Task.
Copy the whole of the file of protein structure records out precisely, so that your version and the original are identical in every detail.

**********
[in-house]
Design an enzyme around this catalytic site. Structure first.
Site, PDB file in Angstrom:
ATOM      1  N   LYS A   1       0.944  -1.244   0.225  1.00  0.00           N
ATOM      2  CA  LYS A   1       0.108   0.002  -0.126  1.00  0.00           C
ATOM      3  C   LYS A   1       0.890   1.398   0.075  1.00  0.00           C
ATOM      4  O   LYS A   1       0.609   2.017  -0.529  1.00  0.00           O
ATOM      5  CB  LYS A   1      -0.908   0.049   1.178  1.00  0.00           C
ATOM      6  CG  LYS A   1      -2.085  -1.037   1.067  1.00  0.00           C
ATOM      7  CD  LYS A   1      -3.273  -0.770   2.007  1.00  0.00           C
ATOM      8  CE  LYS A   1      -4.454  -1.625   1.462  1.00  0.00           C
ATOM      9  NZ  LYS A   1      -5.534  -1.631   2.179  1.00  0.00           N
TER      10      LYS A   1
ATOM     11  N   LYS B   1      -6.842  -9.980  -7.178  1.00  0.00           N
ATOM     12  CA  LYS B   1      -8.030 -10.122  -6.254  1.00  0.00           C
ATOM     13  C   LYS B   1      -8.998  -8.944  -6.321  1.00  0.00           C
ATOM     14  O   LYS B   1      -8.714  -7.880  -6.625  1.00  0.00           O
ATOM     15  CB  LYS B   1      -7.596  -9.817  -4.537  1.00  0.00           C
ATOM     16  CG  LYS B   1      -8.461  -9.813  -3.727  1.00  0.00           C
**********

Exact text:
[in-house]
Design an enzyme around this catalytic site. Structure first.
Site, PDB file in Angstrom:
ATOM      1  N   LYS A   1       0.944  -1.244   0.225  1.00  0.00           N
ATOM      2  CA  LYS A   1       0.108   0.002  -0.126  1.00  0.00           C
ATOM      3  C   LYS A   1       0.890   1.398   0.075  1.00  0.00           C
ATOM      4  O   LYS A   1       0.609   2.017  -0.529  1.00  0.00           O
ATOM      5  CB  LYS A   1      -0.908   0.049   1.178  1.00  0.00           C
ATOM      6  CG  LYS A   1      -2.085  -1.037   1.067  1.00  0.00           C
ATOM      7  CD  LYS A   1      -3.273  -0.770   2.007  1.00  0.00           C
ATOM      8  CE  LYS A   1      -4.454  -1.625   1.462  1.00  0.00           C
ATOM      9  NZ  LYS A   1      -5.534  -1.631   2.179  1.00  0.00           N
TER      10      LYS A   1
ATOM     11  N   LYS B   1      -6.842  -9.980  -7.178  1.00  0.00           N
ATOM     12  CA  LYS B   1      -8.030 -10.122  -6.254  1.00  0.00           C
ATOM     13  C   LYS B   1      -8.998  -8.944  -6.321  1.00  0.00           C
ATOM     14  O   LYS B   1      -8.714  -7.880  -6.625  1.00  0.00           O
ATOM     15  CB  LYS B   1      -7.596  -9.817  -4.537  1.00  0.00           C
ATOM     16  CG  LYS B   1      -8.461  -9.813  -3.727  1.00  0.00           C